Getting to Know Michael San Francisco
Longtime faculty member speaks about his new role as dean of the Honors College.
Michael San Francisco was appointed dean of the Honors College in December of 2013, and began his new role Jan. 1.
San Francisco joined Texas Tech as an assistant professor in biological sciences in 1990 and was promoted to full professor in 2004. He also is an adjunct/joint professor at the Texas Tech University Health Sciences Center in the Department of Immunology and Molecular Microbiology. He earned his bachelor’s degree in 1977 in India before attending Boston University, earning his master’s in biochemical ecology in 1980 and doctorate in biology-microbiology in 1984. He did post-doctoral research at the University of Maryland in biochemistry and molecular biology (1984-1987) and subsequently at The Ohio State University (1987-1990) in biotechnology.
Why did you want to be dean of the honors college?
At the university I believe that a faculty member’s role should be good and centered. The Honors College provided me the opportunity to take a leadership role in a student-centered environment, where we can engage those students, who are really motivated, who want a challenging environment in their lives. We have a great, dedicated faculty and staff, and I thought we could team up and make something happen for them. I thought the Honors College is the perfect place for them. I had served as associate dean in Honors College in 2008 for a short period, so I had some sense of what goes on in the college.
What are your goals as dean?
I think front and center would be to make the Honors College an integral part of the vasculature of the university, and I use the term vasculature because I think it means I want it to be a part of the sustaining capability of the university, not just a part of it. And so, I think because of the students and the students being so important to our total mission and us being a university, which is all about the students, I think the Honors College is perfect for that role. I think once we make ourselves so integrated into the university culture then we grow outside. We can do both things simultaneously, but that’s my first mission.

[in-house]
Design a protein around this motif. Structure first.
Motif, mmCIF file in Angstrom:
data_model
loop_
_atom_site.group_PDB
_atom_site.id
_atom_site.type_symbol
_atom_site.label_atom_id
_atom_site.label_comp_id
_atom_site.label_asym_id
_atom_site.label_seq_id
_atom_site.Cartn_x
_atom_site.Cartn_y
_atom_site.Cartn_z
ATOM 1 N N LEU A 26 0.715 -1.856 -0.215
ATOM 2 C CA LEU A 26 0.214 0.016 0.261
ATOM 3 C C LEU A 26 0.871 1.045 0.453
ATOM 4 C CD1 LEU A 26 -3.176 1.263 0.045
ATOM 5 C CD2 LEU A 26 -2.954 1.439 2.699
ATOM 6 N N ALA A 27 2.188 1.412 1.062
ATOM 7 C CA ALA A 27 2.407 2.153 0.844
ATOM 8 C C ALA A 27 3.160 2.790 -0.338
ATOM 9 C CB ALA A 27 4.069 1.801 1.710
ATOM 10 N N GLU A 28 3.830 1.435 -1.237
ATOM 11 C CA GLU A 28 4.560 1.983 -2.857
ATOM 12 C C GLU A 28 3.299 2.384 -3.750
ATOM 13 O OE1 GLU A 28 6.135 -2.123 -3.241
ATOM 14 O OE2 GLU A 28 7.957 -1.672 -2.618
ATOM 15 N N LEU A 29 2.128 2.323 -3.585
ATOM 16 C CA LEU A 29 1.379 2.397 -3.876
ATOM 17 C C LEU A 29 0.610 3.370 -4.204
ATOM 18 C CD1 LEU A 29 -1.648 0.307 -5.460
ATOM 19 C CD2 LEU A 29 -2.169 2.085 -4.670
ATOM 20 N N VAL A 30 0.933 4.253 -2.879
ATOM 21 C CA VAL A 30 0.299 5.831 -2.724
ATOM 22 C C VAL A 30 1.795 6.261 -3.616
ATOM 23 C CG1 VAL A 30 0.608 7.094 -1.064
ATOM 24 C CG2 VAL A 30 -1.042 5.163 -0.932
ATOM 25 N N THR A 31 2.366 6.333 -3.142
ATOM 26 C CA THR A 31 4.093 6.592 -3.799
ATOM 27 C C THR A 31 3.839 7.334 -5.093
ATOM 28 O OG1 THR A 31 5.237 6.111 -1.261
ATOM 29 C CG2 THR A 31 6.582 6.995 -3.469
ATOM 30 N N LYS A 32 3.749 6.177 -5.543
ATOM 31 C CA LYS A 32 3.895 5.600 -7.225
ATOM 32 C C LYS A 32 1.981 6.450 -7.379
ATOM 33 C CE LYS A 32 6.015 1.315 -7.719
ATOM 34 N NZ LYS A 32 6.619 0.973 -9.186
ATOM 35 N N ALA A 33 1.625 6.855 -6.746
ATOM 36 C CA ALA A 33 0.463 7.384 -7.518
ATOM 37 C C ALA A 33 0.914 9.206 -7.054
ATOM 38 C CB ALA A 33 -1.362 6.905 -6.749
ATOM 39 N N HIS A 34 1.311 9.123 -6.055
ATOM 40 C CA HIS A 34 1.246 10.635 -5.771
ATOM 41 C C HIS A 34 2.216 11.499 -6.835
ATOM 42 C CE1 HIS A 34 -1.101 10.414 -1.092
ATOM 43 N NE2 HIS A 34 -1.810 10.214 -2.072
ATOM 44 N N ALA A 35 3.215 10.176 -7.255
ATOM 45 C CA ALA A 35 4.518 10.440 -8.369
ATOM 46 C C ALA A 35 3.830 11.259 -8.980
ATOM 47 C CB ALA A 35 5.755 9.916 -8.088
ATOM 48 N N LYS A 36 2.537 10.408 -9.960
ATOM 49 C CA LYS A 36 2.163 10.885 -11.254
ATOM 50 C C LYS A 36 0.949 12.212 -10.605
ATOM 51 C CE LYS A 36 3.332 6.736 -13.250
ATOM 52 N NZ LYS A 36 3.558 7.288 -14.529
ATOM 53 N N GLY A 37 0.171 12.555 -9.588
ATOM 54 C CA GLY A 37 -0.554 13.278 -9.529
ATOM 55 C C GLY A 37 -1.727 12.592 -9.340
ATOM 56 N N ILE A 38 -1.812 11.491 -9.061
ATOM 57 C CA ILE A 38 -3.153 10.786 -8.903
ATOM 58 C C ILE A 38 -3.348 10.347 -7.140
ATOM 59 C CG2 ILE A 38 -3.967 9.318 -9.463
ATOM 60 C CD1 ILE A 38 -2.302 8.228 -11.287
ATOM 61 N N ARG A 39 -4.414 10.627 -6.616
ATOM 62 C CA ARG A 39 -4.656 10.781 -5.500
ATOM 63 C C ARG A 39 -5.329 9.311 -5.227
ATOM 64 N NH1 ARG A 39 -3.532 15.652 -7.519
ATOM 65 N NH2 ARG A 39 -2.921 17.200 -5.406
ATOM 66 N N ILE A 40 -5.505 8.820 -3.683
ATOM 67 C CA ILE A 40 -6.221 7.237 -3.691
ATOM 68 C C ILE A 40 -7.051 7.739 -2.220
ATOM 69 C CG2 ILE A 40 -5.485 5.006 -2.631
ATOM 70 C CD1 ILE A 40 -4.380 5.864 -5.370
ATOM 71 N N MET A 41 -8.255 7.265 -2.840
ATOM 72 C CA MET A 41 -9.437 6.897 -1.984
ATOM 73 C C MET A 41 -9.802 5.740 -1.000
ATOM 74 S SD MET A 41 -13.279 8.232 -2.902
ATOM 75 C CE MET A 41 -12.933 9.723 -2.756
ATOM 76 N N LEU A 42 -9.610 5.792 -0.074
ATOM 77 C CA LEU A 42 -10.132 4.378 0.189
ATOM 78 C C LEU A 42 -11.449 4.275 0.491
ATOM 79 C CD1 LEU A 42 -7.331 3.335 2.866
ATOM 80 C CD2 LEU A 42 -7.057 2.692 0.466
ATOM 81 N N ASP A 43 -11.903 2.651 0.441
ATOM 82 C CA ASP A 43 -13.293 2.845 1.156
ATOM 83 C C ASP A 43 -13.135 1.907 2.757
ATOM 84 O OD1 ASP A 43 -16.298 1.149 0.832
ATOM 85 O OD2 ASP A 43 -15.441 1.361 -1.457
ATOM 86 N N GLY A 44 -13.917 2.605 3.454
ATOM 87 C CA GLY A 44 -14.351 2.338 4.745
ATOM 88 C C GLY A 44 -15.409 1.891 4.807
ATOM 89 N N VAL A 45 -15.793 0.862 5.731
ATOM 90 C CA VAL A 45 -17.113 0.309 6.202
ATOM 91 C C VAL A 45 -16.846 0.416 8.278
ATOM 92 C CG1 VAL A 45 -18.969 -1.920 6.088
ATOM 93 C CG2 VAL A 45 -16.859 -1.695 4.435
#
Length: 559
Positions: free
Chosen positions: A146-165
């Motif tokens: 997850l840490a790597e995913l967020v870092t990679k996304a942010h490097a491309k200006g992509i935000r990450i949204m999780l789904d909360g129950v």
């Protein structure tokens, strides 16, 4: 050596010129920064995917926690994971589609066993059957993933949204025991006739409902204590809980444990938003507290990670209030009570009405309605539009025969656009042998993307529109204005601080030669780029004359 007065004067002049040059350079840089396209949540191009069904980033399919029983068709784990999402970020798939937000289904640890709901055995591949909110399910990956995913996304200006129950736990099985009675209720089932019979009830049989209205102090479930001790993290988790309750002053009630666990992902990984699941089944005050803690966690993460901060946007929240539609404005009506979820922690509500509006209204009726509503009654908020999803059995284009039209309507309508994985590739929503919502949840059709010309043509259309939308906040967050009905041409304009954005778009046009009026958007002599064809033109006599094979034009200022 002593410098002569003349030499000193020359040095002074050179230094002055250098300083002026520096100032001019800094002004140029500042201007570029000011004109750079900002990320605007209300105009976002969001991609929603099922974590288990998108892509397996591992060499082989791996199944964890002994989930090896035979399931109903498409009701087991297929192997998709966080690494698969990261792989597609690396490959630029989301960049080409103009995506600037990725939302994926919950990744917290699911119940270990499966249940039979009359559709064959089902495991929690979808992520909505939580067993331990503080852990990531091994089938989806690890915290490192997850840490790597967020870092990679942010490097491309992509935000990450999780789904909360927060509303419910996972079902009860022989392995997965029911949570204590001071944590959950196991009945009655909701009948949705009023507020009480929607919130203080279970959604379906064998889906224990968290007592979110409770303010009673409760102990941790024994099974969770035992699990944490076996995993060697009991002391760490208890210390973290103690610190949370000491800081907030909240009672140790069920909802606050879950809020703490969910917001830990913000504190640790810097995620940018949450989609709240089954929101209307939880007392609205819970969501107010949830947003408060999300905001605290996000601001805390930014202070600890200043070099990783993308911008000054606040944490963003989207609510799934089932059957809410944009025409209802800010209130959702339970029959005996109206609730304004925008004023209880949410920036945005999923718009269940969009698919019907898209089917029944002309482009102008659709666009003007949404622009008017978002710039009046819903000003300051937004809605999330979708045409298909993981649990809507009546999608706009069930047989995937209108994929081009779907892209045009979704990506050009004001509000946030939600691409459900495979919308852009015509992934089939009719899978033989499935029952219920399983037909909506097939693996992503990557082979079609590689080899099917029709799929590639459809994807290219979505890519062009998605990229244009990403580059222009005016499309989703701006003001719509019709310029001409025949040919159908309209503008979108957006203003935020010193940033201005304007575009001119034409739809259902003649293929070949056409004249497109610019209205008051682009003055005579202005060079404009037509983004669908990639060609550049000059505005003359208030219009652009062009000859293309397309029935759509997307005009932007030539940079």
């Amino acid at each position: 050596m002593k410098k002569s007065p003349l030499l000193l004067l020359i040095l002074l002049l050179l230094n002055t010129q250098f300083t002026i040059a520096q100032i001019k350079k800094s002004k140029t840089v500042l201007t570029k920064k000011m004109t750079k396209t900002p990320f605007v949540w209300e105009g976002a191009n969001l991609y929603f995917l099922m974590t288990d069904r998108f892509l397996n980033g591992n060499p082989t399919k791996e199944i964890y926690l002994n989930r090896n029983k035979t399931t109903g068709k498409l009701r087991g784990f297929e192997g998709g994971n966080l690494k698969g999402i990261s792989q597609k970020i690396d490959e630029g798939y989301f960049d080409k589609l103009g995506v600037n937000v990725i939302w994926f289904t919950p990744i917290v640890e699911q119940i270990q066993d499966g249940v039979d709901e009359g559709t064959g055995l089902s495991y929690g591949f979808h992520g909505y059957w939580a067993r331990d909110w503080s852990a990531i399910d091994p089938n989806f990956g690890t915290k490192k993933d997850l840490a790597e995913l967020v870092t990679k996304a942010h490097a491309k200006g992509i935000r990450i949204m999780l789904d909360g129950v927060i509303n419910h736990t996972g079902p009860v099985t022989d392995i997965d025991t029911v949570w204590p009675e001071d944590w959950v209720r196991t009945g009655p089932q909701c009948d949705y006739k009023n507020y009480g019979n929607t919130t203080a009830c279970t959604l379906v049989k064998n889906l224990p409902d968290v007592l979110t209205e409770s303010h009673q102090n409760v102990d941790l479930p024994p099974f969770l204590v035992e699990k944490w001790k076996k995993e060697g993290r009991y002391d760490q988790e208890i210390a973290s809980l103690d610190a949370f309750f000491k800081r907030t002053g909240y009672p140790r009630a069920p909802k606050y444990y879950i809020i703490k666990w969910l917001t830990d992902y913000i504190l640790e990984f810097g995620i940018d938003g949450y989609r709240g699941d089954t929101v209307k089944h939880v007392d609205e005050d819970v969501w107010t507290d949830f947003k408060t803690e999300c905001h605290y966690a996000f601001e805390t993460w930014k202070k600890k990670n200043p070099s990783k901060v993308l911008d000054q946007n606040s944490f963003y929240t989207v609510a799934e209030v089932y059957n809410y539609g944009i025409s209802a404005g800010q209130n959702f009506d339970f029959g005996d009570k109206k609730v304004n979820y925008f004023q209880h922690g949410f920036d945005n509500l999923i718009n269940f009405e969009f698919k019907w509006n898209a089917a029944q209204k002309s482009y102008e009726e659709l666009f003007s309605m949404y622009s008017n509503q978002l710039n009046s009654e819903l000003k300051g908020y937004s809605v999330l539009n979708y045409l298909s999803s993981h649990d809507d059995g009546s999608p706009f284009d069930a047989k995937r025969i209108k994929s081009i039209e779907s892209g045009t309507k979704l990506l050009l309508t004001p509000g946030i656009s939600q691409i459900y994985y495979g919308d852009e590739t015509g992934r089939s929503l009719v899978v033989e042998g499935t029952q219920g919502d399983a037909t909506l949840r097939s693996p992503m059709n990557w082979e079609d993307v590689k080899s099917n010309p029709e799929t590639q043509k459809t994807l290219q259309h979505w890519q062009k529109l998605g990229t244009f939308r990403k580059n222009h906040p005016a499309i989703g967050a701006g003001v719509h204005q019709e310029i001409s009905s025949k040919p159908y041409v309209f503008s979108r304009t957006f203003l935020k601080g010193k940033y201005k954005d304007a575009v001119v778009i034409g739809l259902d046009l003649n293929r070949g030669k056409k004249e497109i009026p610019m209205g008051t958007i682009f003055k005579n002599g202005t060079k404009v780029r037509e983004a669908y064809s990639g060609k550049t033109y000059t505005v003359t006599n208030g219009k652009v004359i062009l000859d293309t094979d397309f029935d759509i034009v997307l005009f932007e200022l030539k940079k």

Why have you decided to stay at Tech? What made you stay here?
It’s funny. I almost didn’t apply to Texas Tech. In 1990 I was a post-doctoral fellow at The Ohio State University, had two kids and my wife was a post-doc as well. One day I was looking in a trade journal science magazine for jobs and in the back I saw this thing that says Microbiologist, Texas Tech University, Lubbock, Texas. I looked at my wife Susan and I said, “Where’s Lubbock?” and she goes, “ I don’t know,” and out comes the Rand McNally and we looked at it and I said, “Oh my, should I even apply?” But then we did anyway and I found this community to be fascinatingly friendly. Our kids grew up here, the people are really cool and it’s easy to get in and out of Lubbock. People complain but you can fly right now from Dallas to Houston and then Denver so it’s really not that bad.
Where are you from originally?
I was born in Ceylon, Sri Lanka, a little island. My mother is from there. My father is from Goa in India, an old Portuguese colony. Hence our name, San Francisco, is Portuguese. We lived in Ceylon for six years then I moved to India in 1962 and then went to school over there. Got my bachelor’s degree in agriculture and then in 1977 when I finished I had the opportunity to apply for graduate school and jobs in India, so I did both.
What is your favorite thing about Texas Tech? What’s your favorite Red Raider tradition?
My favorite Red Raider, Texas Tech tradition, my goodness, that’s a tough question. I do support the smaller sports. So I support tennis and soccer, and I figure they wouldn’t miss me at a football game. If I don’t show up to a tennis match the coach will notice. So, to me that’s great. I love that environment. I love that. Oh my goodness, tradition, you know the Carol of Lights is something that comes to mind.
The Honors College at Texas Tech is dedicated to providing students with a broad education that prepares them for a lifetime of learning.
The college offers one unique bachelor's degree program:
The college also offers two minors:
The Department of Biological Sciences in the College of Arts and Sciences at Texas Tech University hosts a variety of academic degree programs aimed toward the advancement of knowledge, learning, teaching and research of the natural world.
The Department hosts a variety of centers and programs focused on the life sciences which provide research opportunities including:
- Center for Biotechnology and Genomics
- Center for Environmental Radiation Studies
- Center for the Integration of Science Education & Research
- Forensic Entomology
- Clark Scholar Program
- Joint Admission Medical Program